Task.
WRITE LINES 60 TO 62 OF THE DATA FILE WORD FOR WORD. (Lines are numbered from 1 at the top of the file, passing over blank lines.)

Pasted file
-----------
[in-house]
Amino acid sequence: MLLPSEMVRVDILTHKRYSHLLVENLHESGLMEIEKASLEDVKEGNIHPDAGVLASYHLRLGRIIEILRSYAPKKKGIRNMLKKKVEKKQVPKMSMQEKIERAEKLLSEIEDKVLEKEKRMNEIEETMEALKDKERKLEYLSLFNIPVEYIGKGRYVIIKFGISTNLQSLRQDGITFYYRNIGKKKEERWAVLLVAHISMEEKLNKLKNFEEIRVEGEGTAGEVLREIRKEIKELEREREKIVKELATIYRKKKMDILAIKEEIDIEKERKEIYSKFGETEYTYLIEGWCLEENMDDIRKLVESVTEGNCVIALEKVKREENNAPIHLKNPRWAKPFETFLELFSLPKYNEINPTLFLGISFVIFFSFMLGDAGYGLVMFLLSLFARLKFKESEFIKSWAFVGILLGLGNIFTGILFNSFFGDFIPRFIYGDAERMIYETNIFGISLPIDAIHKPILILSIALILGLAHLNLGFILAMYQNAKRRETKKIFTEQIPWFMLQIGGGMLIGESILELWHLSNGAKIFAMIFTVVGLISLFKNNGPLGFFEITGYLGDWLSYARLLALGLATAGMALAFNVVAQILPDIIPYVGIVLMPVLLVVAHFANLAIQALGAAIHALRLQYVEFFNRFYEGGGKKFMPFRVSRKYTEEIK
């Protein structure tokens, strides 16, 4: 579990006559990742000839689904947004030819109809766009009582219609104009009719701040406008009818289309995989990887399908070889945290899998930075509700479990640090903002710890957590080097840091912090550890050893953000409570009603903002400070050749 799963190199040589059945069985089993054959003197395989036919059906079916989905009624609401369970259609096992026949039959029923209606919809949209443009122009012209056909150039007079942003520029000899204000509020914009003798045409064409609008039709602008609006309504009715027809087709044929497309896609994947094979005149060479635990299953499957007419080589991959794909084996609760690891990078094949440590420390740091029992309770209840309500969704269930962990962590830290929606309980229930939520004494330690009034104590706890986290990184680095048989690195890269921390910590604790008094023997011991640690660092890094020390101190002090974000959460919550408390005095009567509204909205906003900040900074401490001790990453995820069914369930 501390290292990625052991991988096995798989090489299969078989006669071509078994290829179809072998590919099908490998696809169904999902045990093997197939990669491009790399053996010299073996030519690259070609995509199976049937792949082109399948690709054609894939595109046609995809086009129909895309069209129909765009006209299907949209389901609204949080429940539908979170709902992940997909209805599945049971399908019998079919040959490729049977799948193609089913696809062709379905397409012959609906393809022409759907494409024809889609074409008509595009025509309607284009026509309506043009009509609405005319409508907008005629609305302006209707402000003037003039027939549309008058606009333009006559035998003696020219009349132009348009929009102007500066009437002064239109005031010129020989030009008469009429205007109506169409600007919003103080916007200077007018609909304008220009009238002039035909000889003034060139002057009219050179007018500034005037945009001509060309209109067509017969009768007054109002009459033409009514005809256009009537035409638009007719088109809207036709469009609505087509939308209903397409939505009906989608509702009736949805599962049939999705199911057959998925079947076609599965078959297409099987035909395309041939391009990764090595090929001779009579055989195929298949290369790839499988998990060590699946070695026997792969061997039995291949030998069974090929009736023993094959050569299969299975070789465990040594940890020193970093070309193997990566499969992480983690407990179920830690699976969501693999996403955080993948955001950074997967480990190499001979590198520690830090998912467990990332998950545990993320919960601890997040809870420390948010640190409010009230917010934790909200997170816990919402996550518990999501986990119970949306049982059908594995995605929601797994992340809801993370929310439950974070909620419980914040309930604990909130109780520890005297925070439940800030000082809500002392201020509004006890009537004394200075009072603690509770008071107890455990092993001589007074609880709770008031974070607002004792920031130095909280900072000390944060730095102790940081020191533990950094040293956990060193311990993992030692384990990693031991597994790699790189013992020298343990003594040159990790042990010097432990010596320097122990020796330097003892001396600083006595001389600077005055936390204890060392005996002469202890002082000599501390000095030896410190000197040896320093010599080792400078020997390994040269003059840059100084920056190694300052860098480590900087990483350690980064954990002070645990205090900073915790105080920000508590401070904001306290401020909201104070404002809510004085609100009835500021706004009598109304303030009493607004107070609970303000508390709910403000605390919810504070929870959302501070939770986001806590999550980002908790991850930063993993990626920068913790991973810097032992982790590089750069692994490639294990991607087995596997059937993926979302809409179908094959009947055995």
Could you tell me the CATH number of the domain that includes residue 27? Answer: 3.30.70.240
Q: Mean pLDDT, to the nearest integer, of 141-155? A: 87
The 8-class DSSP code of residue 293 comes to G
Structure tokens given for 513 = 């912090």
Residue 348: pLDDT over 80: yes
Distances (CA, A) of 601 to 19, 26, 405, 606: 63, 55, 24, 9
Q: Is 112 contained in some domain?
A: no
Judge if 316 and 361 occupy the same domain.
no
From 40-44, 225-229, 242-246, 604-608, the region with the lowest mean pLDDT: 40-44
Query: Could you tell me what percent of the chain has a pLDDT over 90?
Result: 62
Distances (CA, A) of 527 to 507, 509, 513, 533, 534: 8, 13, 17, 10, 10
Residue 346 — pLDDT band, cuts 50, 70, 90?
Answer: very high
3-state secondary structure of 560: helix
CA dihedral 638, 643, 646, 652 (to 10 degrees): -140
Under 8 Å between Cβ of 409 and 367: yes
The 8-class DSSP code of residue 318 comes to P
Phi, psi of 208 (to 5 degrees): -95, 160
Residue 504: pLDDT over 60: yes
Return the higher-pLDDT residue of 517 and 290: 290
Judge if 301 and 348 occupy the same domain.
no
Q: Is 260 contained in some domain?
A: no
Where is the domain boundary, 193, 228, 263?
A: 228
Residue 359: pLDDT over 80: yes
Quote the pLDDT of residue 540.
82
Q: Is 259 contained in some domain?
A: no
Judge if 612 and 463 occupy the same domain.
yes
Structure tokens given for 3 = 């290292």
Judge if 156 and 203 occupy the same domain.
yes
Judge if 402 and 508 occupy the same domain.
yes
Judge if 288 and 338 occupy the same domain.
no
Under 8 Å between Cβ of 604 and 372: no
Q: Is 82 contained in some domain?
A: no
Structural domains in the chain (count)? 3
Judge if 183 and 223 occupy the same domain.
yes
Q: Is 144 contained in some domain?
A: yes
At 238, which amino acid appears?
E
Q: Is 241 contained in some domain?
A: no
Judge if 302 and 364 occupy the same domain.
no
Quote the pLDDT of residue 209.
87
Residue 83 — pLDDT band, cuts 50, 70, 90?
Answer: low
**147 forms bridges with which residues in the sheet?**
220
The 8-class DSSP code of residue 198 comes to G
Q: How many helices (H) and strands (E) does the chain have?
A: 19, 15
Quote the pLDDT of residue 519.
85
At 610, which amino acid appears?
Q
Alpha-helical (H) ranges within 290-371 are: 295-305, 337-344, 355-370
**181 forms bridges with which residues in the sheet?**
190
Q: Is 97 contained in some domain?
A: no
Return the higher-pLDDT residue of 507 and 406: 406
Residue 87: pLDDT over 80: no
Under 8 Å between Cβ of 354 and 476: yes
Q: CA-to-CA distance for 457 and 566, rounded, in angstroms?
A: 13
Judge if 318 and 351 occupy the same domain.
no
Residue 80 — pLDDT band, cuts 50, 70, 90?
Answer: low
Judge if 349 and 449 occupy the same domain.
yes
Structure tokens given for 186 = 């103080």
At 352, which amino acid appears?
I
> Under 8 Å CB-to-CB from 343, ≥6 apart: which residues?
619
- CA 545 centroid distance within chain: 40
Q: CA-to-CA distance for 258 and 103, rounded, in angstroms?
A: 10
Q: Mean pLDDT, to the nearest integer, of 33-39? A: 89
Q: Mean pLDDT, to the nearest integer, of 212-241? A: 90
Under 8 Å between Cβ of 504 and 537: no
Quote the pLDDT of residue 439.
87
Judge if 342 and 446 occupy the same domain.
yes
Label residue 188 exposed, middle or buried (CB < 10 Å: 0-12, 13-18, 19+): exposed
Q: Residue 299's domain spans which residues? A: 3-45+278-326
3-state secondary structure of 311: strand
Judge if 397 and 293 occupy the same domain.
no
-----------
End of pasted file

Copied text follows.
no
Quote the pLDDT of residue 209.
87